Numerous tools are provided to balance real-time, clinical and analytical processing of patient rules. Full audit trails are created for all patient communications both sent and received.

1 Dr Jacqui Phillips, BBC, Doctors warned to check no-shows, 19 November 2010, http://www.bbc.co.uk/news/health-11641929

keywords: clinical rule engine, integrated care, medical home, no shows, clinical rule engines, life sciences universe, medicare, medicaid, patient compliance

Monday, December 13, 2010

Mobile Health and What Physician's Want

December 13, 2010 7:45PM
Needham Heights, MA, USA
Bernard P. Wess, Jr.
link: http://www.pwc.com/us/en/health-industries/publications/healthcare-unwired.jhtml   

Physicians want patient's to monitor themselves at home for more than a dozen conditions says PwC, from weight to heart conditions. Expect more conditions as technology and telecommunications improve and medical devices are able to communicate with clinical information systems from the "medical home".

PERSEID Software is pleased to announce that Version 5.1 of the Life Sciences Universe™ enterprise software product implements all the mobile health requirements outlined by PricewaterhouseCoopers.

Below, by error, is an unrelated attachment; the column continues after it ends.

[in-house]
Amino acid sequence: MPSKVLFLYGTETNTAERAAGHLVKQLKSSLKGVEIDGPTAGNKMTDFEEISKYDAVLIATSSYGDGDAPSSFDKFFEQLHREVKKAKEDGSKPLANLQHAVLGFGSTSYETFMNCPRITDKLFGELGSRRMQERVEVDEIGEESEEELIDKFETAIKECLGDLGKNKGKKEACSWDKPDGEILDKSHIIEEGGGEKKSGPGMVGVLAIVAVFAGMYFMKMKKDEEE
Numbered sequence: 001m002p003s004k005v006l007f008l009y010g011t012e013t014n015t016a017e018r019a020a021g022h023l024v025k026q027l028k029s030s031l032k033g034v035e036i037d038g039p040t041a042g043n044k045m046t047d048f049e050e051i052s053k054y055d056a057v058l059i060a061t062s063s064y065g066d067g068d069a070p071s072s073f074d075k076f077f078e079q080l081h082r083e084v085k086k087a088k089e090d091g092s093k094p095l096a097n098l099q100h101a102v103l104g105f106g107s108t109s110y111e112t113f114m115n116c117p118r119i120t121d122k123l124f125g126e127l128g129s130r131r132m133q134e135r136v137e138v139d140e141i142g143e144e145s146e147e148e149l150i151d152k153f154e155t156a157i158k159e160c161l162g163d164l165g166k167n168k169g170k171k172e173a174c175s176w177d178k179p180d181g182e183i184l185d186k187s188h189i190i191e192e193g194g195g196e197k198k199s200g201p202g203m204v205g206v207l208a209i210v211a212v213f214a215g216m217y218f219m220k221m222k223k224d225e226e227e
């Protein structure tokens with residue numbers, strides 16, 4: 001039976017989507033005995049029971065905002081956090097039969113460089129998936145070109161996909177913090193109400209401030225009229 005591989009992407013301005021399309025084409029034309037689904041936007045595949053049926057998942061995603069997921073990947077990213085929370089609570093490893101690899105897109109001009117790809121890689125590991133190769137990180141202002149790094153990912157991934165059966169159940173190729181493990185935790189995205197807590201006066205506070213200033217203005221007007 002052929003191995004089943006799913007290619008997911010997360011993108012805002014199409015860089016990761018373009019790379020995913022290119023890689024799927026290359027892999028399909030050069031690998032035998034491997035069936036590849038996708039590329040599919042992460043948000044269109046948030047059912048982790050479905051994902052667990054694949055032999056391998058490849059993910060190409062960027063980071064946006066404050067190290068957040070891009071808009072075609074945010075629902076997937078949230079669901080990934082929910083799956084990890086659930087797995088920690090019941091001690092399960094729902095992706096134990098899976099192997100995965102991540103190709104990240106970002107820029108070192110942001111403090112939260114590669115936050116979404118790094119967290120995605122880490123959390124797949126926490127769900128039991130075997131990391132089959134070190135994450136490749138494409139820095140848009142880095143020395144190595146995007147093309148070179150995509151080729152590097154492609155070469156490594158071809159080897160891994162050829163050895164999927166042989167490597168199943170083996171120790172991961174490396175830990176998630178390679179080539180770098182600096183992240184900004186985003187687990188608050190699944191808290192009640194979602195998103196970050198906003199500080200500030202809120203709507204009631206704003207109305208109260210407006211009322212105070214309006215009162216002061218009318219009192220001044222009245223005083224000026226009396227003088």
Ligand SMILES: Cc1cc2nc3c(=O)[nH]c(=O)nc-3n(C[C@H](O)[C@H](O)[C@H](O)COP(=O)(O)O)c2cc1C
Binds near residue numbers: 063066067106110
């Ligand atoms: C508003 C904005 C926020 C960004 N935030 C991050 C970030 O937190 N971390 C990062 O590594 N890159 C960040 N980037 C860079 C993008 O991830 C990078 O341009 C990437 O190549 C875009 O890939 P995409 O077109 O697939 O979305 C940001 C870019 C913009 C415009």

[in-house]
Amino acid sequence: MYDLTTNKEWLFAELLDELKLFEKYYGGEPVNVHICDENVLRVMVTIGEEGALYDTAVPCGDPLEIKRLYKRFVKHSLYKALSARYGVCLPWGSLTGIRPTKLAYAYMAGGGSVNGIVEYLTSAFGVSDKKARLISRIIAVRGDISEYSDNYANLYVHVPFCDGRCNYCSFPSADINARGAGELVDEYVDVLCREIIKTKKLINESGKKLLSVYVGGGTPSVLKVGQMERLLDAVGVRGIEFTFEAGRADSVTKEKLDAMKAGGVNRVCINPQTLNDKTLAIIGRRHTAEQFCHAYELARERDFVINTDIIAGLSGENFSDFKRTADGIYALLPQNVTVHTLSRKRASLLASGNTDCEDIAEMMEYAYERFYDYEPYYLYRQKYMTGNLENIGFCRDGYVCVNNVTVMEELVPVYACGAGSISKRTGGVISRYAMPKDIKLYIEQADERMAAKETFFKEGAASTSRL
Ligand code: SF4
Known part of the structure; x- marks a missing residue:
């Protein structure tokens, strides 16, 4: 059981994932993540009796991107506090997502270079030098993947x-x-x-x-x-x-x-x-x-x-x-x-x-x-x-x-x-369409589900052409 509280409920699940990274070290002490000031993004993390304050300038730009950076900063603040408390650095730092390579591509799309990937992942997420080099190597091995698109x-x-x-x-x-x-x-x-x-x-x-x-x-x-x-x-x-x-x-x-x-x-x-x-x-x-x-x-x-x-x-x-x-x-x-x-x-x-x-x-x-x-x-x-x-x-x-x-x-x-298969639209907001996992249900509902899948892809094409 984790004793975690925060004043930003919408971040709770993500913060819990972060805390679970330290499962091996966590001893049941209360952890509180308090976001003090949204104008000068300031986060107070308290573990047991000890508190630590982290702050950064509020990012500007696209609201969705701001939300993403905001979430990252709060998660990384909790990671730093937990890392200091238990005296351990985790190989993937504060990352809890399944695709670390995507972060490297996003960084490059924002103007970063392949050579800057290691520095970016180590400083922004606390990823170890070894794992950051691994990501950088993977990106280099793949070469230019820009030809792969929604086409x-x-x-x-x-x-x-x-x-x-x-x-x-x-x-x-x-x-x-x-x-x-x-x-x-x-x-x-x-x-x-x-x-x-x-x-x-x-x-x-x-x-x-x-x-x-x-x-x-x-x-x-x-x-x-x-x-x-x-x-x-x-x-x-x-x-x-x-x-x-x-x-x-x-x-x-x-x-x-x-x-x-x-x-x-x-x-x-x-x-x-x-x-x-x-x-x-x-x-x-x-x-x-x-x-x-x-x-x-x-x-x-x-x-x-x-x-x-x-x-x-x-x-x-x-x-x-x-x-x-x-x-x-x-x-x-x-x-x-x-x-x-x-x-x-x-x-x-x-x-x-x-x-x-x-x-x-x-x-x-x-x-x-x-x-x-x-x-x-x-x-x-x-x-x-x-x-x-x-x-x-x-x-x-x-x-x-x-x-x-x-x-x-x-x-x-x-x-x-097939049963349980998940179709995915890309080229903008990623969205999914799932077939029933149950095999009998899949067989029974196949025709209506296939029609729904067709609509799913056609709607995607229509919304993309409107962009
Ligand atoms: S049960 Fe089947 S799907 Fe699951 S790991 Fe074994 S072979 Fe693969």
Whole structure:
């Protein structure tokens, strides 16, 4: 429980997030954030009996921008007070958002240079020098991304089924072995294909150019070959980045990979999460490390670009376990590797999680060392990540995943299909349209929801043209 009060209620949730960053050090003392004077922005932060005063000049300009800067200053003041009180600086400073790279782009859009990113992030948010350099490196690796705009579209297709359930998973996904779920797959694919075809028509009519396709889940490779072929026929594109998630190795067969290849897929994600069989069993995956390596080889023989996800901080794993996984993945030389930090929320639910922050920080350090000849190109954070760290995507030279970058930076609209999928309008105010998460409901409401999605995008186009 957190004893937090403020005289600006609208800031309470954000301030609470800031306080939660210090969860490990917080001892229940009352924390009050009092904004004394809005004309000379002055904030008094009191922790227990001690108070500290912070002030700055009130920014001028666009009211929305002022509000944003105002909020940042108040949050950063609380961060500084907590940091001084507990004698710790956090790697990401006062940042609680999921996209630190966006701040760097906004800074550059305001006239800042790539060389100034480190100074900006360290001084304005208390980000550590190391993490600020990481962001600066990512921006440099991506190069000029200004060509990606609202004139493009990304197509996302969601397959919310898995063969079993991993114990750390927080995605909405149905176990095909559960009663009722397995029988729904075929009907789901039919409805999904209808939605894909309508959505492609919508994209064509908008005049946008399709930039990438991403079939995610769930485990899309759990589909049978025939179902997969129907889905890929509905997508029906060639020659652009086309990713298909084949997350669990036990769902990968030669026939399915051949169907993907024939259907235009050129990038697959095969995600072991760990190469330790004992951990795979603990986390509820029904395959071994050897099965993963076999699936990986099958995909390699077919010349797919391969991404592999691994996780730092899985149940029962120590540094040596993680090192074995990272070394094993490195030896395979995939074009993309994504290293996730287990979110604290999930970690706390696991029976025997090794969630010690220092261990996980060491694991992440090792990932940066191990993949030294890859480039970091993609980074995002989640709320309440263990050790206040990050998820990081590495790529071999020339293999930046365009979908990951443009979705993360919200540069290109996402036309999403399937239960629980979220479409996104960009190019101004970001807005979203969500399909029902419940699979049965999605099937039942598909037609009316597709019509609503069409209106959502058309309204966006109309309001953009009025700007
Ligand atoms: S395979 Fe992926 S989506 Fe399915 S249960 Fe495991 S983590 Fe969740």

To reduce hospital admissions and adverse events, delay the onset of chronic illness and achieve maximum medical improvement, the patient and his or her family must be engaged in the healthcare delivery and insurance systems.

In a national survey of physician requirements for mobile healthcare1 PwC outlines twelve requirements for mobile healthcare and that 88% of physicians surveyed want patients to track or monitor health at home.
Figure 4 from PwC Mobile Health 2010

The current release of the Life Sciences Universe product now implements the requirements of the PwC study across all lines of (re)insurance: group and personal healthcare, disability, worker’s compensation, Medicaid and self-insurance, including occupational health and safety and internal clinic development. The product now supports rapid design of cell phone, iPad, iPhone, Android mobile transaction processing for creating complete Clinical Repository and Personal Health transactions, including device support for clinic or home devices or those carried by the patient.

Patients and their families can now fully participate with physicians, nurses and other clinicians and administrators in managing their own care in a fully integrated healthcare environment limited only by any inherent limitations of Oracle 11G rev 2.